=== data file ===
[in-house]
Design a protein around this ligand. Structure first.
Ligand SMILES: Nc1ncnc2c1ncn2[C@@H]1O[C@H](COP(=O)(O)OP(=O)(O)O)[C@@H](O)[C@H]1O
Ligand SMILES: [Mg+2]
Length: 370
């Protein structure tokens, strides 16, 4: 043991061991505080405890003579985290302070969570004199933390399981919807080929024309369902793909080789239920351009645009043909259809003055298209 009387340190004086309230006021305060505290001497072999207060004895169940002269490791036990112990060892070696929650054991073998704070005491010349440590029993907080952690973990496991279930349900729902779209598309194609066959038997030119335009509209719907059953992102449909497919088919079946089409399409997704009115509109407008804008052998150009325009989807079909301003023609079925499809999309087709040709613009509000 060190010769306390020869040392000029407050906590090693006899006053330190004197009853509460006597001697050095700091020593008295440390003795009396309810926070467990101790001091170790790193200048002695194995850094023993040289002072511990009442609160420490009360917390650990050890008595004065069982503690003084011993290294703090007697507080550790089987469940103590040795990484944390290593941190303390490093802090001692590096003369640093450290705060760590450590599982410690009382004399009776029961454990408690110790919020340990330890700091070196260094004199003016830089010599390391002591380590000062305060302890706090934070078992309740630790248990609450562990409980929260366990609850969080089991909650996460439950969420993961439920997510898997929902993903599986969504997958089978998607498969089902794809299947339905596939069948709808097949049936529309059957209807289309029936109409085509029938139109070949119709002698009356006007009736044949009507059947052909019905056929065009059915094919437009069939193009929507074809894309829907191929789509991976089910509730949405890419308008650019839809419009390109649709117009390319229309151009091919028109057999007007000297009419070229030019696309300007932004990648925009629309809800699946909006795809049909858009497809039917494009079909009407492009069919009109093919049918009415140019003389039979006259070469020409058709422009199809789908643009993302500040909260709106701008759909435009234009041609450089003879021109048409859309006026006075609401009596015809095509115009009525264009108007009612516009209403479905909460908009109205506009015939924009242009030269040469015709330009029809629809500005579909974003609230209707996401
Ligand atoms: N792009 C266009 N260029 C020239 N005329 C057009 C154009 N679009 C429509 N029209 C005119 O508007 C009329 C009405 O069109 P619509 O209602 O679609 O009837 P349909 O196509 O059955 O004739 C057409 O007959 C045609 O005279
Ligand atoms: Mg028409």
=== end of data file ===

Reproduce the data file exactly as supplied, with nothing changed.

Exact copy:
[in-house]
Design a protein around this ligand. Structure first.
Ligand SMILES: Nc1ncnc2c1ncn2[C@@H]1O[C@H](COP(=O)(O)OP(=O)(O)O)[C@@H](O)[C@H]1O
Ligand SMILES: [Mg+2]
Length: 370
């Protein structure tokens, strides 16, 4: 043991061991505080405890003579985290302070969570004199933390399981919807080929024309369902793909080789239920351009645009043909259809003055298209 009387340190004086309230006021305060505290001497072999207060004895169940002269490791036990112990060892070696929650054991073998704070005491010349440590029993907080952690973990496991279930349900729902779209598309194609066959038997030119335009509209719907059953992102449909497919088919079946089409399409997704009115509109407008804008052998150009325009989807079909301003023609079925499809999309087709040709613009509000 060190010769306390020869040392000029407050906590090693006899006053330190004197009853509460006597001697050095700091020593008295440390003795009396309810926070467990101790001091170790790193200048002695194995850094023993040289002072511990009442609160420490009360917390650990050890008595004065069982503690003084011993290294703090007697507080550790089987469940103590040795990484944390290593941190303390490093802090001692590096003369640093450290705060760590450590599982410690009382004399009776029961454990408690110790919020340990330890700091070196260094004199003016830089010599390391002591380590000062305060302890706090934070078992309740630790248990609450562990409980929260366990609850969080089991909650996460439950969420993961439920997510898997929902993903599986969504997958089978998607498969089902794809299947339905596939069948709808097949049936529309059957209807289309029936109409085509029938139109070949119709002698009356006007009736044949009507059947052909019905056929065009059915094919437009069939193009929507074809894309829907191929789509991976089910509730949405890419308008650019839809419009390109649709117009390319229309151009091919028109057999007007000297009419070229030019696309300007932004990648925009629309809800699946909006795809049909858009497809039917494009079909009407492009069919009109093919049918009415140019003389039979006259070469020409058709422009199809789908643009993302500040909260709106701008759909435009234009041609450089003879021109048409859309006026006075609401009596015809095509115009009525264009108007009612516009209403479905909460908009109205506009015939924009242009030269040469015709330009029809629809500005579909974003609230209707996401
Ligand atoms: N792009 C266009 N260029 C020239 N005329 C057009 C154009 N679009 C429509 N029209 C005119 O508007 C009329 C009405 O069109 P619509 O209602 O679609 O009837 P349909 O196509 O059955 O004739 C057409 O007959 C045609 O005279
Ligand atoms: Mg028409």